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The Five "I"s of Internet Marketing


Pharmaceutical Executive

Pharmaceutical ExecutivePharmaceutical Executive-02-01-2006
Volume 0
Issue 0

Online strategies aren't monolithic; each must meet the particular goals of the brand in question, and serve the knowledge needs of a specific disease state. That said, experts agree on many of the fundamentals-the 5 "I"s of Internet marketing:

The Five "I"s

Online strategies aren't monolithic; each must meet the particular goals of the brand in question, and serve the knowledge needs of a specific disease state. That said, experts agree on many of the fundamentals—the 5 "I"s of Internet marketing:






AMID ALL THE HULLABALOO about the rapidly changing world of pharmaceutical marketing, many an expert is declaring the Web the logical alternative to some of the marketing techniques that have helped damage the industry's image.

Bob Harrell shire

Granted, it won't take much to convince the American public that an information-rich Web site might be a tad more useful than TV commercials featuring fungal dwarves, horny devils, or sniffling bumblebees. And the role of the Internet as an educational channel for healthcare information is already well established.

But all the talk begs one question: What actually works online? It's not enough to say, "Pfizer, Unilever, and Ford are investing major dollars online, so we'd better move more of our budget into this channel." Because if pharma marketers and their agencies shift their weight online with the same dexterity they displayed with TV ads, they may well fall flat on their faces. (Making that bumblebee sneeze in Flash isn't going to do much to improve the image of drugmakers.)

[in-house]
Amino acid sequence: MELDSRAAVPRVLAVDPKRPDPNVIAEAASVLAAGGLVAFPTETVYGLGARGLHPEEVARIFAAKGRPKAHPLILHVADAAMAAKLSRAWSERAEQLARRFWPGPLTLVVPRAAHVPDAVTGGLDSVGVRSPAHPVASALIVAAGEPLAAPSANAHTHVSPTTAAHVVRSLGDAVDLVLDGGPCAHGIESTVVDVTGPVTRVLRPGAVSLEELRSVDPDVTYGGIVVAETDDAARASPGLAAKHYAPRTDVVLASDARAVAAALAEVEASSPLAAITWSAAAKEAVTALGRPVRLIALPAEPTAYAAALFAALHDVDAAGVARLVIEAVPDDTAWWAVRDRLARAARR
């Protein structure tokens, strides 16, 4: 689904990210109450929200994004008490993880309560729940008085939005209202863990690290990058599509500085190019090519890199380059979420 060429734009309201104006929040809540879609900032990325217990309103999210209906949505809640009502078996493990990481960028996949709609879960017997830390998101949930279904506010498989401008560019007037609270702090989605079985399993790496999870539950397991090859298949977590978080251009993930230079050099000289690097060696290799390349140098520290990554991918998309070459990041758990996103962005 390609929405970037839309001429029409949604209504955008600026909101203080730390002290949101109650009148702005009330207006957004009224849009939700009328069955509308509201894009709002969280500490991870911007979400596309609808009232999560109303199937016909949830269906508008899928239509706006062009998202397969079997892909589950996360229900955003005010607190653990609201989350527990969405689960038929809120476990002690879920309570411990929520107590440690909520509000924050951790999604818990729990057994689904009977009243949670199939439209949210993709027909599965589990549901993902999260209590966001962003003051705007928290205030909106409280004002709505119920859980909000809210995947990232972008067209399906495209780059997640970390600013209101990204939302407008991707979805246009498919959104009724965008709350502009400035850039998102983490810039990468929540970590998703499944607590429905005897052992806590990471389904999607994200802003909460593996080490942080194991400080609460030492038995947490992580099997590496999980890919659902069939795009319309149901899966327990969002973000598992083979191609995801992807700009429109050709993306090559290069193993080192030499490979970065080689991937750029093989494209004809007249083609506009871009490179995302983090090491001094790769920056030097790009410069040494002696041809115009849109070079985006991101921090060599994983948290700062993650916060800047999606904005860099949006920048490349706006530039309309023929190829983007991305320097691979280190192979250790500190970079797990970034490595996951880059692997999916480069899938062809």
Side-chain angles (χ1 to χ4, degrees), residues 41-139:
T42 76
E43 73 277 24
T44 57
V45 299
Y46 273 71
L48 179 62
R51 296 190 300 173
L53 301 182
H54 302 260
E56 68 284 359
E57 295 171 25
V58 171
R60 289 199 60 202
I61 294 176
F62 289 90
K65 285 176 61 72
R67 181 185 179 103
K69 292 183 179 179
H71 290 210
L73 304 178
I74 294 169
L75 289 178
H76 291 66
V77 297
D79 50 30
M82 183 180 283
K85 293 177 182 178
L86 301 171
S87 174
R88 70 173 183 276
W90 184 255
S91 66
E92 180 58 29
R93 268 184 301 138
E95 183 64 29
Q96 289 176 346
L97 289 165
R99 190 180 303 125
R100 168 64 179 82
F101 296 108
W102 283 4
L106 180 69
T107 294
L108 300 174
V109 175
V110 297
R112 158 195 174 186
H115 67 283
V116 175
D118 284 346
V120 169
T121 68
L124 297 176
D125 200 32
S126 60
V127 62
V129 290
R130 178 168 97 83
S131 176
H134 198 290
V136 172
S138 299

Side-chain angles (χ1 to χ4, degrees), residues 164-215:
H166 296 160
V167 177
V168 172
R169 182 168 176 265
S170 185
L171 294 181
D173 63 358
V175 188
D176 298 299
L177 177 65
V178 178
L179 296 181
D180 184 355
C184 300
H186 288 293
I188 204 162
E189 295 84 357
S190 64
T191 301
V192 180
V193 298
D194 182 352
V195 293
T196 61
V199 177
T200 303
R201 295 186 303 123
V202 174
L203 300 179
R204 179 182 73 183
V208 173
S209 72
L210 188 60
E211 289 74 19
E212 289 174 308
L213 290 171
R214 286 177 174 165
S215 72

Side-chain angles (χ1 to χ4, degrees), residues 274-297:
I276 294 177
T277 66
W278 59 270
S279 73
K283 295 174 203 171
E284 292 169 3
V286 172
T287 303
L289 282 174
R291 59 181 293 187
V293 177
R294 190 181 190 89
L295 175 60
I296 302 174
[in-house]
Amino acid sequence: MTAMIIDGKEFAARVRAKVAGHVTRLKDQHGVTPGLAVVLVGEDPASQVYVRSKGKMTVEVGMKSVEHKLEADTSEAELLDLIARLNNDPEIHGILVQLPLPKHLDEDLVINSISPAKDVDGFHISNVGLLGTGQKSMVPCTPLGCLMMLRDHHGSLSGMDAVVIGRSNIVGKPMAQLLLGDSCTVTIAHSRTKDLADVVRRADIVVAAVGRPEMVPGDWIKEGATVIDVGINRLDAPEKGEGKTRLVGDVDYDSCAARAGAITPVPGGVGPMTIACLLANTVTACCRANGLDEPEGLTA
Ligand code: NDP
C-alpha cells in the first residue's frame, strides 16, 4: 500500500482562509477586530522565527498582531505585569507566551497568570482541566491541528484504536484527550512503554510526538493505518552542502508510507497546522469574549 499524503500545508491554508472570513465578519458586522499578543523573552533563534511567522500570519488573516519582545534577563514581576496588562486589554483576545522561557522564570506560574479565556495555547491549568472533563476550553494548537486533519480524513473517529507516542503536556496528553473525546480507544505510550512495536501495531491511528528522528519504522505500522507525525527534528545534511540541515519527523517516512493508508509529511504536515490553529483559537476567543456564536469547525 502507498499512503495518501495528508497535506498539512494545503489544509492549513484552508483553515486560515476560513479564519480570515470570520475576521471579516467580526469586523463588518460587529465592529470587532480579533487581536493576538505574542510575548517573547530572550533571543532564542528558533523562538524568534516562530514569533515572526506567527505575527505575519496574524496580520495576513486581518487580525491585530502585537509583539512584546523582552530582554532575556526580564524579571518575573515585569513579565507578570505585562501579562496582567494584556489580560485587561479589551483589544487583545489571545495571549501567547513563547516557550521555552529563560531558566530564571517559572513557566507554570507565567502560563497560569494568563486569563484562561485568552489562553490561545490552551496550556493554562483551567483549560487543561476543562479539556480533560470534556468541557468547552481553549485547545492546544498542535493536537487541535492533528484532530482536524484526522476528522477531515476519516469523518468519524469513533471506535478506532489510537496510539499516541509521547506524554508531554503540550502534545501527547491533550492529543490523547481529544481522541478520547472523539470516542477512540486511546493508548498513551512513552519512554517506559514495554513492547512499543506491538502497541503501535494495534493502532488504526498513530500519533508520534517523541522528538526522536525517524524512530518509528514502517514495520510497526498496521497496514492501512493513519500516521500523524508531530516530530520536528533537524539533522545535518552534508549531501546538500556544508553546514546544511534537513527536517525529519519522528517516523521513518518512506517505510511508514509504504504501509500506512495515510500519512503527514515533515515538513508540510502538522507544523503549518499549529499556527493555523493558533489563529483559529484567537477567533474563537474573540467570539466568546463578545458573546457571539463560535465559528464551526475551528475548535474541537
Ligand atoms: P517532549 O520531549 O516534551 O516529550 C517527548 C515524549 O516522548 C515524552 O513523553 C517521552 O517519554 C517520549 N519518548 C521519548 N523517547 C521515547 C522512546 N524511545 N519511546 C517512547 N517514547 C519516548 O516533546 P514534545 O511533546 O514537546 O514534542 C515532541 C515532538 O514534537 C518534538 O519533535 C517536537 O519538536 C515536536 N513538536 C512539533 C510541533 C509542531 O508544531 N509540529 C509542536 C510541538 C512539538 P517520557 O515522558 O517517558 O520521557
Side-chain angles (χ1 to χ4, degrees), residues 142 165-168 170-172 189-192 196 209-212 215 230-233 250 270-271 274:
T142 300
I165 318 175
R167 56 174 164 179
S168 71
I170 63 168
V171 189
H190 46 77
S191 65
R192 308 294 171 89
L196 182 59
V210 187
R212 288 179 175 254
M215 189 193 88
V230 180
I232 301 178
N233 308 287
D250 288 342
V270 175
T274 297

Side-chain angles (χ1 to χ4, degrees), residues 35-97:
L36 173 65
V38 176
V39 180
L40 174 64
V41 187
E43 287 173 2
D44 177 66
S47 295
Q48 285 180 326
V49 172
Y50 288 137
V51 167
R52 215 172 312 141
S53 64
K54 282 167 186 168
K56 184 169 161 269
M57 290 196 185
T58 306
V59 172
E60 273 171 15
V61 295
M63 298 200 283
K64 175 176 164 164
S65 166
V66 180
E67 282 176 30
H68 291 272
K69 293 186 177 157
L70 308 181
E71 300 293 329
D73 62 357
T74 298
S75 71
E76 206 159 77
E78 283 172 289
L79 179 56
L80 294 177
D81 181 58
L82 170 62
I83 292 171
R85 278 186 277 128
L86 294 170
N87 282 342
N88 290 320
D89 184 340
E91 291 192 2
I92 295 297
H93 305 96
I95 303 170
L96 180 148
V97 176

So what really will help marketers reach the right people through the online channel—effectively and appropriately?


"PEOPLE VISIT PHARMA product Web sites for many different reasons," says Jeremy Schneider, senior manager of e-marketing at Forest Labs, who oversaw the design and construction of Lexapro.com, Namenda.com, and other major sites for the company. "So it's important to organize the information on the site so it speaks to the specific educational needs of each audience.

"People who are taking your medication are looking for information that will help them get the best results," says Schneider. "Other people are looking to become better educated about the disease. And still others are considering treatment and need specific product information. You don't have a lot of time to connect with each of these audiences. That's why you need to immediately make that connection on the home page, and take each audience down the path that's right for them."